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Computing, Environment and Life Sciences

Using Machine Learning to Remove Cosmic Ray Particles from Neutrino Images

Deep learning has enabled state-of-the-art results in high-energy neutrino physics. This application achieves 5x better background particle rejection compared to classical techniques.

The CosmicTagger project in high-energy particle physics domain deals with detecting neutrino interactions in a detector overwhelmed by cosmic particles. The goal is to classify each pixel to separate cosmic pixels, background pixels, and neutrino pixels in a neutrinos dataset. The technique uses multiple 2D projections of the same image and the raw data is 3 images per event. The training model is a UResNet architecture for multi-plane semantic segmentation and is available in both Torch and Tensorflow with single node and distributed-memory multi-node implementations.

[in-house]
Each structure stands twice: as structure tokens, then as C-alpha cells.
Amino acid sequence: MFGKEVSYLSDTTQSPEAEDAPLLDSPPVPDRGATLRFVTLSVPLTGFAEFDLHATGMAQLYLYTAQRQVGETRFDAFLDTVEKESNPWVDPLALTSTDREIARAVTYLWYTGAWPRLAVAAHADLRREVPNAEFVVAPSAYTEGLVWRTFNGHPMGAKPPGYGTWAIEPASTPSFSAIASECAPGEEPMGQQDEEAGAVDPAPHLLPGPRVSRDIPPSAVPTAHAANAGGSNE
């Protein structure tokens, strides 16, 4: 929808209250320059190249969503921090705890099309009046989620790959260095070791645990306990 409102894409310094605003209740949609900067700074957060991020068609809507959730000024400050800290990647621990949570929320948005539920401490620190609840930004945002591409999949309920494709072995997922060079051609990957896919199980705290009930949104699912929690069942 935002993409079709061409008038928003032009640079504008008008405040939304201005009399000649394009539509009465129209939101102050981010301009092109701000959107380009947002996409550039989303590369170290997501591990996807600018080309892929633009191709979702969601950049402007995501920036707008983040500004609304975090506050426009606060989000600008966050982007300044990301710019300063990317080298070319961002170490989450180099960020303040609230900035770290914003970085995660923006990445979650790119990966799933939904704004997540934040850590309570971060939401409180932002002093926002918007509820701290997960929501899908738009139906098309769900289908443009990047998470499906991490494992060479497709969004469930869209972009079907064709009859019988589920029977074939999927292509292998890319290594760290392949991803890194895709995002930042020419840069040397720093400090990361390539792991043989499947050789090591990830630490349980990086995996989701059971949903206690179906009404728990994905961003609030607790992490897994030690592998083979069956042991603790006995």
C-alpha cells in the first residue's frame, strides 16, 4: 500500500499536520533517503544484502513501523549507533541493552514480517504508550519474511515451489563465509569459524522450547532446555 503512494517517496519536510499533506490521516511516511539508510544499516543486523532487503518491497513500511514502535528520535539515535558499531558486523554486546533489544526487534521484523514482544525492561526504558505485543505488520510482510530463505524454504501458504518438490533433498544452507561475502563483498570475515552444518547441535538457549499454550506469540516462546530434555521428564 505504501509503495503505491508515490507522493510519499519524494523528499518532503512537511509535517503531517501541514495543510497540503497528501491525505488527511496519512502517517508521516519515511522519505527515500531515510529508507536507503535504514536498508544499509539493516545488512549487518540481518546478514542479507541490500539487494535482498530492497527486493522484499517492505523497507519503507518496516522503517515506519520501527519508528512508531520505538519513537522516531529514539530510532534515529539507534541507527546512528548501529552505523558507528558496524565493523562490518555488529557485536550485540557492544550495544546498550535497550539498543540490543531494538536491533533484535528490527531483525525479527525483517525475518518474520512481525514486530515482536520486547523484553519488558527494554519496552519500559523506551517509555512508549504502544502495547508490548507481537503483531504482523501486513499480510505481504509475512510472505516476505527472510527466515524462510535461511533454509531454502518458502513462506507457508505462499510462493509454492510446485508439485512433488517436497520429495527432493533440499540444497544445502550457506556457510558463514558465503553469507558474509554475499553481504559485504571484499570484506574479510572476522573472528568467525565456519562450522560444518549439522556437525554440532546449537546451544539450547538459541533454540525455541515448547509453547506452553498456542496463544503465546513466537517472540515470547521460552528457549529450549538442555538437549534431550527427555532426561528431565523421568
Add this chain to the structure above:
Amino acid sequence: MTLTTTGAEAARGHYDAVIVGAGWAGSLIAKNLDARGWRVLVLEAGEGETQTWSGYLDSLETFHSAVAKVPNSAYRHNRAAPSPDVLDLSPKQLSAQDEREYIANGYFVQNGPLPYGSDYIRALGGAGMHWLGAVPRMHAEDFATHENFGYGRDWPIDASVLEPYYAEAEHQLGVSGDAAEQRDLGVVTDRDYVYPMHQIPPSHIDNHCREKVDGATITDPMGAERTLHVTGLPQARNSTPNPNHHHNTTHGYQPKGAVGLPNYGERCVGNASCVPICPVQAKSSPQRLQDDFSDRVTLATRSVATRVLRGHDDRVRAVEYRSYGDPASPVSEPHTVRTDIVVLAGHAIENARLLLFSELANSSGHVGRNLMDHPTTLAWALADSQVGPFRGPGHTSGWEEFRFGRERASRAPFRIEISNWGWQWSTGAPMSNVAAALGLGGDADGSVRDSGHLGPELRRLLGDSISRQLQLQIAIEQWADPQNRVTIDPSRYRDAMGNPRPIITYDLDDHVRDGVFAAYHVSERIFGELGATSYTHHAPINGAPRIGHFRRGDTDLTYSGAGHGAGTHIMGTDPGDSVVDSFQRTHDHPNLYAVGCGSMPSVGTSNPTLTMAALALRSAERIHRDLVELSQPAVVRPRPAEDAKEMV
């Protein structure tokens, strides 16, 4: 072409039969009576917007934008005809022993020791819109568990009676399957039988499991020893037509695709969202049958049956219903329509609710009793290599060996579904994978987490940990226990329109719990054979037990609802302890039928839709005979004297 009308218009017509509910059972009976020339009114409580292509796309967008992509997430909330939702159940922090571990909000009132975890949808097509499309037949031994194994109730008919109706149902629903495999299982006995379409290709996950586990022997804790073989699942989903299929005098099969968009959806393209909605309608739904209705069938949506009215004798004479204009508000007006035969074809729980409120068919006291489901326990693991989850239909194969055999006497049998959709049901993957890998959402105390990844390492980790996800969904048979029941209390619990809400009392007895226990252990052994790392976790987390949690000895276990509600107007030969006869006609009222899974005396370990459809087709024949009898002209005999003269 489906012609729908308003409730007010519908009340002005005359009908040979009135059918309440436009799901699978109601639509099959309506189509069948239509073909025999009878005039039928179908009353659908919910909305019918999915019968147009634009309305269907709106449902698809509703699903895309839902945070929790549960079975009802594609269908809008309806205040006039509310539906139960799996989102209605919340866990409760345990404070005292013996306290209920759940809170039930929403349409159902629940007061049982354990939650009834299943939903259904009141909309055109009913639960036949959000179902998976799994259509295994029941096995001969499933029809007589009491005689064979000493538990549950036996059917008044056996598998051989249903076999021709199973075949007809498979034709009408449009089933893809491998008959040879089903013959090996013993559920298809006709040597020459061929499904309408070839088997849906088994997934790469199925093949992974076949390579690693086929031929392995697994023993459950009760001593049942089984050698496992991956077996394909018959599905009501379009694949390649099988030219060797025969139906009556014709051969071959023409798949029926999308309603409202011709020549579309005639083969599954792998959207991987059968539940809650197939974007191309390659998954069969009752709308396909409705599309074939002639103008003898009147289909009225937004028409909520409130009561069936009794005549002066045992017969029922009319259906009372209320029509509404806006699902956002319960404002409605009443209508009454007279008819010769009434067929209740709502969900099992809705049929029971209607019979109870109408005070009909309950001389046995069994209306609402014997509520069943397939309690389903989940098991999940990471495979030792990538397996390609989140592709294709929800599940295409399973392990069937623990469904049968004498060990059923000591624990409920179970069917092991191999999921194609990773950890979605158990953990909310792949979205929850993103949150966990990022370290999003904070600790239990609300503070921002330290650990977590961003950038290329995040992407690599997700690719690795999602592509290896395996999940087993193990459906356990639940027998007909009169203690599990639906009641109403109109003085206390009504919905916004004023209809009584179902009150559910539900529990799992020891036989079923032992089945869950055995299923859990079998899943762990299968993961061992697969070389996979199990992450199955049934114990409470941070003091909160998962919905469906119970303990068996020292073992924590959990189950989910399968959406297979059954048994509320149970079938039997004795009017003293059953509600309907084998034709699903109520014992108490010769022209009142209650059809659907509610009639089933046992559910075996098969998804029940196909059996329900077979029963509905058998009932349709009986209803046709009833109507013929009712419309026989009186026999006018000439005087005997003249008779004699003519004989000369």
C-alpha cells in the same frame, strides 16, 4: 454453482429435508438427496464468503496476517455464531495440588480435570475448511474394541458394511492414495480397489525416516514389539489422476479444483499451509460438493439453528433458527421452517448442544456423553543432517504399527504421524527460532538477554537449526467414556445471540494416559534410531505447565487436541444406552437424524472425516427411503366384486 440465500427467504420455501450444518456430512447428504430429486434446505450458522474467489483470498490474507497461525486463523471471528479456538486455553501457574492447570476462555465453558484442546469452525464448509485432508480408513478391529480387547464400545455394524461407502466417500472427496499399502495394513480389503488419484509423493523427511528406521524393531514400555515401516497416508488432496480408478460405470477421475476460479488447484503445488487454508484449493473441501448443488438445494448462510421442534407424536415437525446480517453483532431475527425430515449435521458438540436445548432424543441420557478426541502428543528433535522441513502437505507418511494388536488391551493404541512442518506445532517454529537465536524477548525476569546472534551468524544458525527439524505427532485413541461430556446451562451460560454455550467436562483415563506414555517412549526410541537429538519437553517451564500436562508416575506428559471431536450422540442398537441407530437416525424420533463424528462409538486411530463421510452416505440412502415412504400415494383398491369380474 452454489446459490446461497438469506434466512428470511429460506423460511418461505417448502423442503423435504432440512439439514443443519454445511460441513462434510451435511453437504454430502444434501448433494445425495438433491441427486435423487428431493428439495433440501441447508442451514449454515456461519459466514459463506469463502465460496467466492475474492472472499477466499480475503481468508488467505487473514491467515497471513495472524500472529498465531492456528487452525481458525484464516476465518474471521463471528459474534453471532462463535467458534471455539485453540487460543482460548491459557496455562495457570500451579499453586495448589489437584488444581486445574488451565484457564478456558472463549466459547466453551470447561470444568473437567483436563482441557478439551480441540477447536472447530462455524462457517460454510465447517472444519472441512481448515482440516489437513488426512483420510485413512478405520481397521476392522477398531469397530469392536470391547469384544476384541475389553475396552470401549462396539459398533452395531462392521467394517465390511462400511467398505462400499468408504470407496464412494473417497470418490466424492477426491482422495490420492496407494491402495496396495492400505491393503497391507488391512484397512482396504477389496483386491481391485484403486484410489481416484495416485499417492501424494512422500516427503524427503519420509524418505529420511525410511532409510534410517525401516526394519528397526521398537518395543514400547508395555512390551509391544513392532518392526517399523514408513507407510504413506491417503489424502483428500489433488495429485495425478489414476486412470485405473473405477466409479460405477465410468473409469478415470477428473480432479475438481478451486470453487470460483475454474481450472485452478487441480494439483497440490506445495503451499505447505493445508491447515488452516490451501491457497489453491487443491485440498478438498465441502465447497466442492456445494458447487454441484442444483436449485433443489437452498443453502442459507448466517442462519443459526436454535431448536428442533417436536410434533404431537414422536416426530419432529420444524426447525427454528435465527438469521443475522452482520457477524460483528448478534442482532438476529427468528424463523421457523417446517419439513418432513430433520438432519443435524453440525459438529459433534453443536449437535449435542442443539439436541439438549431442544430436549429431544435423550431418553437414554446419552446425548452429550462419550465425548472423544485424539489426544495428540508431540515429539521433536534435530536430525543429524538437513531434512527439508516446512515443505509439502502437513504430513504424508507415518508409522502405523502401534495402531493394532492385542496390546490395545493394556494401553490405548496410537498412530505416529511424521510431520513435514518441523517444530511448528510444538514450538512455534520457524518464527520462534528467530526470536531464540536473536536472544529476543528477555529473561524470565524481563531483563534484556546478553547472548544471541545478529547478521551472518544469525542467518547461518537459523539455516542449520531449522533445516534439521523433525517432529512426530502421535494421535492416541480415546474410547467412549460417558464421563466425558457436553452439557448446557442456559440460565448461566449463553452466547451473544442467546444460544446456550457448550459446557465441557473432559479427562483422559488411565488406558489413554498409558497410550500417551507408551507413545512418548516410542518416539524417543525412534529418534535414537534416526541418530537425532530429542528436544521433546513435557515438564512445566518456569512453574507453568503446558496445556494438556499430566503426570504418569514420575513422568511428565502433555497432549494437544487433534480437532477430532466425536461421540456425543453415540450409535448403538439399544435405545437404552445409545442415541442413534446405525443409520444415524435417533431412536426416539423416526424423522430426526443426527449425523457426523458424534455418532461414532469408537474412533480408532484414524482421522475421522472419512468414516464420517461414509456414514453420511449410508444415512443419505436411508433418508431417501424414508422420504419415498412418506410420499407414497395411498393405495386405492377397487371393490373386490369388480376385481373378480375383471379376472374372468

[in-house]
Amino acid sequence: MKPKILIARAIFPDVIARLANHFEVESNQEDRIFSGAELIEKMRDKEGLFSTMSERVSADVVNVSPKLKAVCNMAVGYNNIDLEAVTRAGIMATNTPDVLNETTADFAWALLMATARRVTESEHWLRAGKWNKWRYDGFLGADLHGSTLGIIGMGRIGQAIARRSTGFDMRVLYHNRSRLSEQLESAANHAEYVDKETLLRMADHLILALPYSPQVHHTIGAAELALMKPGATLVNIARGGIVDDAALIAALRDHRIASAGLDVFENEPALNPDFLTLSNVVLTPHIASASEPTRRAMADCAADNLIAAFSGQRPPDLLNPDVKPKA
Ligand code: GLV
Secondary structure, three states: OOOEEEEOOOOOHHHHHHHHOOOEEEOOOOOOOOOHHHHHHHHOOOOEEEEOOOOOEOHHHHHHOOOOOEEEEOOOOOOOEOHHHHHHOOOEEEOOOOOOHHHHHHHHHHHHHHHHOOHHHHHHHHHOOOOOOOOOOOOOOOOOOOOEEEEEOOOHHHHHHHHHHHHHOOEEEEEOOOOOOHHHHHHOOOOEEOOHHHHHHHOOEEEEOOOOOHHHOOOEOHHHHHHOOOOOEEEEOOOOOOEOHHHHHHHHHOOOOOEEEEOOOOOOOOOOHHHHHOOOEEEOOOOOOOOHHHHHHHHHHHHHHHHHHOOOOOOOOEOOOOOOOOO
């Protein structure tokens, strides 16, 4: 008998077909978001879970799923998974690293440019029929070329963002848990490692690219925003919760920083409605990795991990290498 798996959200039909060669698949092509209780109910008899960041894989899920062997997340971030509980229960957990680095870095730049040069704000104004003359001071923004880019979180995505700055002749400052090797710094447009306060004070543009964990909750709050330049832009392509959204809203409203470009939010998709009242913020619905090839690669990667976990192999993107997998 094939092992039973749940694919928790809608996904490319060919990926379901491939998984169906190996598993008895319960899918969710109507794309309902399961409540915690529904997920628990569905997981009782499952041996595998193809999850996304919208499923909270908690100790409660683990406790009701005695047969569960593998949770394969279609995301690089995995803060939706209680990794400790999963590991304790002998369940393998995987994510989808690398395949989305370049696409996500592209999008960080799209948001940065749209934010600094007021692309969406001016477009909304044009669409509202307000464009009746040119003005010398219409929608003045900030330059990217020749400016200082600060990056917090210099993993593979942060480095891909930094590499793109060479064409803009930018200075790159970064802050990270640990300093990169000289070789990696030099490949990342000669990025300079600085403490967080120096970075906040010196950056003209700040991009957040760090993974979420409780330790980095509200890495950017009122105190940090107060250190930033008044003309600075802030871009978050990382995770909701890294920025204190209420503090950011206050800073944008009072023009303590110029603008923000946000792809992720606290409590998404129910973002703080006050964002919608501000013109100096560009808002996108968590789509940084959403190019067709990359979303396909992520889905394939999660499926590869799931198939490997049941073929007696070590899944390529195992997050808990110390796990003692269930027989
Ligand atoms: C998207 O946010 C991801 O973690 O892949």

The model is available in a development version with sparse convolutions in the torch framework. It is flexible enough to generate synthetic data on the fly or use real data training datasets, and dense or sparse data. The data for this network is in larcv3 format and is in the public domain. Currently, data is available in full resolution (HxW = 1280 x 2048) of three images per training sample. The image size is large, and the network is large, so to accommodate older hardware or smaller GPUs, the model can be run with a reduced image size. The datasets are kept at full resolution but a downsampling operation is applied prior to feeding images and labels to the network. The code is scaled on several leadership supercomputers, including Theta at ALCF.